Not only are job fairs a good place to find your next employee, they are also a good place to get your name out there. One of the biggest benefits of job fairs is gaining top of mind awareness among your ideal candidates. When you attend a job fair, plenty of people slide past and pick up your flyer. Even more people see your name listed as an employer at the fair. Your name is mentioned, and the word gets out. And the more you attend in your area, the more people will come to recognize your name. It’s all about name recognition. When someone is prepared to look for a new job, you want them to think of your name, and job fairs are a great way to get your name out there.
This takes more work than any of the other recruiting methods, but it also has the biggest payout. Find the colleges and universities in your area and set up a meeting with their career success team. Colleges’ success is measured on the employability of the students they graduate, so a partnership is a win-win. Set up an internship through the school or a registered apprenticeship program through the department of labor. Have your open positions posted on the college’s career opportunities page or even on bulletin boards around campus. Make your name known, and make sure the colleges and universities know the type of candidate you’re looking for so they can make the right recommendations are the right time.
Make your benefits known from the get-go. List them on your job postings and job descriptions. Offer 401K with matching, a wellness program, or tuition reimbursement? Make it known. Highlight your company’s culture everywhere you put your name out there. Find the things that set you apart as an employer and accentuate them as you search for the right candidates.
When all else fails, it may come down to a game of who pays more. Be ready to foot the bill to bring the right talent to your company. Ultimately, it can be more costly to let a good candidate slip through your fingers than it can be to pay them slightly more than your planned to. With that said, know your limits. Find the reasonable ceiling and stick with it. If you’re not already in the practice of it, learn to negotiate like a pro. Hiring a new employee is a business transaction in many ways, and with a tight labor market, it’s a game where you may have to put more in on the front end to win big in the long run.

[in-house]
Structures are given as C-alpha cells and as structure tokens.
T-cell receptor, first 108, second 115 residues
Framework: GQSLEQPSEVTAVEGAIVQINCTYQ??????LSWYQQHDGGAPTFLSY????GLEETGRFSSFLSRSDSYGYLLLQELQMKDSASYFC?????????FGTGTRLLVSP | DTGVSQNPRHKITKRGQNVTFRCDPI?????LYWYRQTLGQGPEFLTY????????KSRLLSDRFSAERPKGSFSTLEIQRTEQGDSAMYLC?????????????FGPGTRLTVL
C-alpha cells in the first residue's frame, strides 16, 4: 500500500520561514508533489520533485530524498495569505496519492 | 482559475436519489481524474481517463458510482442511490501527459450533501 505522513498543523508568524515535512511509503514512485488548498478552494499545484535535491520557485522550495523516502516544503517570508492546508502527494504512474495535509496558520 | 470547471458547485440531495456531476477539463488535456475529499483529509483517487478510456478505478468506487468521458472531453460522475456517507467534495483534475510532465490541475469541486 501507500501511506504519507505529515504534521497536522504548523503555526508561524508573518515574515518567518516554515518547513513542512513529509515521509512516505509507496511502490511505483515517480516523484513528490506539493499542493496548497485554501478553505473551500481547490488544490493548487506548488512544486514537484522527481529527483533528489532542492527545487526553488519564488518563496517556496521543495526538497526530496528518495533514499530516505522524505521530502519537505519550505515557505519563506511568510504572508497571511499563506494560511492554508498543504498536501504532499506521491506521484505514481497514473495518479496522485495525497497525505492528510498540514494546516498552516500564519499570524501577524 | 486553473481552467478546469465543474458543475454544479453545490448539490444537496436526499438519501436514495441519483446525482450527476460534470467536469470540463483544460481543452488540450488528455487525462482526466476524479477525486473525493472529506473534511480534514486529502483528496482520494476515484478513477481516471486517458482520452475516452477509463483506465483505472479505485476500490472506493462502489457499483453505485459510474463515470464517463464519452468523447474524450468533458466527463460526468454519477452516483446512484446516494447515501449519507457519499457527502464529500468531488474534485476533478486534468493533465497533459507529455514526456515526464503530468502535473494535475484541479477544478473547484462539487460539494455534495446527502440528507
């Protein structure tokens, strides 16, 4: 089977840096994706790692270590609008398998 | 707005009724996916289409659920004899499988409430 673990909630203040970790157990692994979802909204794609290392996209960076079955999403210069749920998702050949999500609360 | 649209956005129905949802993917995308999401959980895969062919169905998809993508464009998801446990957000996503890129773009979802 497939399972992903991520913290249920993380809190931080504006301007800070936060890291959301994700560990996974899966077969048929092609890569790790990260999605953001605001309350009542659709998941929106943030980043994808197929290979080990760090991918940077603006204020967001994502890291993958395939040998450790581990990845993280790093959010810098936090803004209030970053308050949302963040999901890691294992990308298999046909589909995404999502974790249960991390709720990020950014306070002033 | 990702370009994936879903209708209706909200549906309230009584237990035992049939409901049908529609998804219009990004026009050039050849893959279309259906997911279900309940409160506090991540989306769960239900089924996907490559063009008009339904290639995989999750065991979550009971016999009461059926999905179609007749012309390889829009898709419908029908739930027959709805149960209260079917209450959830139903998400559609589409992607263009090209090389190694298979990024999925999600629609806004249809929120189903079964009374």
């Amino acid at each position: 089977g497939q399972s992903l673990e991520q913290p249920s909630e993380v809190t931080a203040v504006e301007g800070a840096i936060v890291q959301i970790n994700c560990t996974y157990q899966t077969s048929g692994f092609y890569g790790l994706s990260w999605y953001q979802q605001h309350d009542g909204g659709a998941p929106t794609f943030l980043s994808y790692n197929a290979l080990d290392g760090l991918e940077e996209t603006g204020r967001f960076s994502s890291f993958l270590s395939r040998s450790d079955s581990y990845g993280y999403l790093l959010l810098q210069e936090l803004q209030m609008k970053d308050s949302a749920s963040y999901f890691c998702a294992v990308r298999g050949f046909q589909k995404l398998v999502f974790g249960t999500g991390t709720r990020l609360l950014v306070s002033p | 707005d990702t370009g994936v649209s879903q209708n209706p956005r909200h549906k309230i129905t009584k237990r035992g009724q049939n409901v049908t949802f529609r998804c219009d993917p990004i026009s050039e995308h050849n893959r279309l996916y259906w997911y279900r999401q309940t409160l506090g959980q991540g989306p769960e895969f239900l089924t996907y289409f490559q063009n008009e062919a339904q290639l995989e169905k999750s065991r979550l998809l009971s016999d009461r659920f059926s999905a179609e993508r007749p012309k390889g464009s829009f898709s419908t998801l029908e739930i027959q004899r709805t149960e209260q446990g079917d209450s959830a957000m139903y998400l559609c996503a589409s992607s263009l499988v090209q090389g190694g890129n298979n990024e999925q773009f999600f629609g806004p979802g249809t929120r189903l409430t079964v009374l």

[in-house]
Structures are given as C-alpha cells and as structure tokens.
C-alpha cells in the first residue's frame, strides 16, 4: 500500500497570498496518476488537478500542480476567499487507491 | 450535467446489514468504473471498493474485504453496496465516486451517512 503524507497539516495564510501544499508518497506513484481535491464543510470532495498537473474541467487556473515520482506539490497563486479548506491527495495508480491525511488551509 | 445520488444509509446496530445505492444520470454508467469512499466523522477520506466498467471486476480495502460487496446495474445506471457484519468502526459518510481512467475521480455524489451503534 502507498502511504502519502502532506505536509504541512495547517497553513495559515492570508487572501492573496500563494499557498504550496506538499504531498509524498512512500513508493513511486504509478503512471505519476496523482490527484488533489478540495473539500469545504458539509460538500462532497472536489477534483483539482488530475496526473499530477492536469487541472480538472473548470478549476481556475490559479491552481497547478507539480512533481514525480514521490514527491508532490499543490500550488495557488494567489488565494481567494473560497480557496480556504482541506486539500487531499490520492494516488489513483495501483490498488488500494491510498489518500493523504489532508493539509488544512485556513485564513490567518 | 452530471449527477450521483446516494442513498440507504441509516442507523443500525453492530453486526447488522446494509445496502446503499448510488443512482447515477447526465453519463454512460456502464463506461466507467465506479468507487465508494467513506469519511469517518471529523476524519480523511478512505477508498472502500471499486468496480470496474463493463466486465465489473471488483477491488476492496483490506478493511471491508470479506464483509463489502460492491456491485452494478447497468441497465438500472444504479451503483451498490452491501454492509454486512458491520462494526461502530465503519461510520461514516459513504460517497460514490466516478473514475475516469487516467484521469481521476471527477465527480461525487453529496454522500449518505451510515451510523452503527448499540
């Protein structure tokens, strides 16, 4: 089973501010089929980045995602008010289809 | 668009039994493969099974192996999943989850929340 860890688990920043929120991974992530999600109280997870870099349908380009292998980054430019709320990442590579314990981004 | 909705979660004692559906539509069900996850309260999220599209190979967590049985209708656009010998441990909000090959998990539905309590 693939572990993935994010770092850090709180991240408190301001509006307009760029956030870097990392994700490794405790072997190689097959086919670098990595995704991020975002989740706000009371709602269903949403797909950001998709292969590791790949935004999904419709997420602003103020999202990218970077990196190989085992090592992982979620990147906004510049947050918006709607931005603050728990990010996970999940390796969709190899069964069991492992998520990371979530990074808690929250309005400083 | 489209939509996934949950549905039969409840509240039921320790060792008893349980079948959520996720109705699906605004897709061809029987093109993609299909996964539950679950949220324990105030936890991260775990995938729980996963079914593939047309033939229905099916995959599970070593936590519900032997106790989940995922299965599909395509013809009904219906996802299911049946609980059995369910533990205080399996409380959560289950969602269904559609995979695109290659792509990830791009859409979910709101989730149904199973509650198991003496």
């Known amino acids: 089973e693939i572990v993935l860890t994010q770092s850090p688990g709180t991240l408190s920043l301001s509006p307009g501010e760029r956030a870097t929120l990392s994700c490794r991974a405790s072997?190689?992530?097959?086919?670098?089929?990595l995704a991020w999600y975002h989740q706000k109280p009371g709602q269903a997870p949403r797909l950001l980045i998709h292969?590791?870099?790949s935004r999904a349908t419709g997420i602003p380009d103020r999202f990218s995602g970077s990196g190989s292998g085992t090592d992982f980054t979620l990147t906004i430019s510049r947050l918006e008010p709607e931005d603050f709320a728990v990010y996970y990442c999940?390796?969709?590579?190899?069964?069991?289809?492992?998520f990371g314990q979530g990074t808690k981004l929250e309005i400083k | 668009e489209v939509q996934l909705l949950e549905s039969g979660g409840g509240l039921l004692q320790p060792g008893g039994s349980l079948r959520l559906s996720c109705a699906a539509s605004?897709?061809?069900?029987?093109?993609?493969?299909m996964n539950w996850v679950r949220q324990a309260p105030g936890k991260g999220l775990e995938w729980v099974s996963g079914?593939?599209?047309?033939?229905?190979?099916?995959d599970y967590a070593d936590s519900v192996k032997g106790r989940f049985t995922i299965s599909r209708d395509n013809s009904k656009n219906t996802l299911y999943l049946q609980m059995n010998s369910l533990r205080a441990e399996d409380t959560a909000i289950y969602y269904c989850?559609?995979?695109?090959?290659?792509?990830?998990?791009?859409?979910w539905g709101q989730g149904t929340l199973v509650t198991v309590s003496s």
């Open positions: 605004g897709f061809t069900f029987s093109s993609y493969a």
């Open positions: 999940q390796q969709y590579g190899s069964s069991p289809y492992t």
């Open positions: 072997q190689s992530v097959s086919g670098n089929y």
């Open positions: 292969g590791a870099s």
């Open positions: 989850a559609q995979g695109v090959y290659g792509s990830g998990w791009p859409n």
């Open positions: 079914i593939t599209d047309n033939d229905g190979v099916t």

It all comes down to putting your company out there and putting your best foot forward. In this tight labor market, it’s the companies that set themselves apart, have name recognition, and, ultimately, put their money where their mouth is that will end up with the top candidates.
And beyond hiring, it becomes about keeping your employees. When the employment world is competitive, other opportunities will come along. Be the employer that takes a vested interested in employees, who listens to them, who trains them for the next level, who allows necessary leaves, who provides flexible schedules, and who encourages work-life balance. Create an environment where employees want to work, and you will not just attract top talent, you’ll also keep them.
Interested in reading more on the topic? Check out this informative article from the Indeed Blog.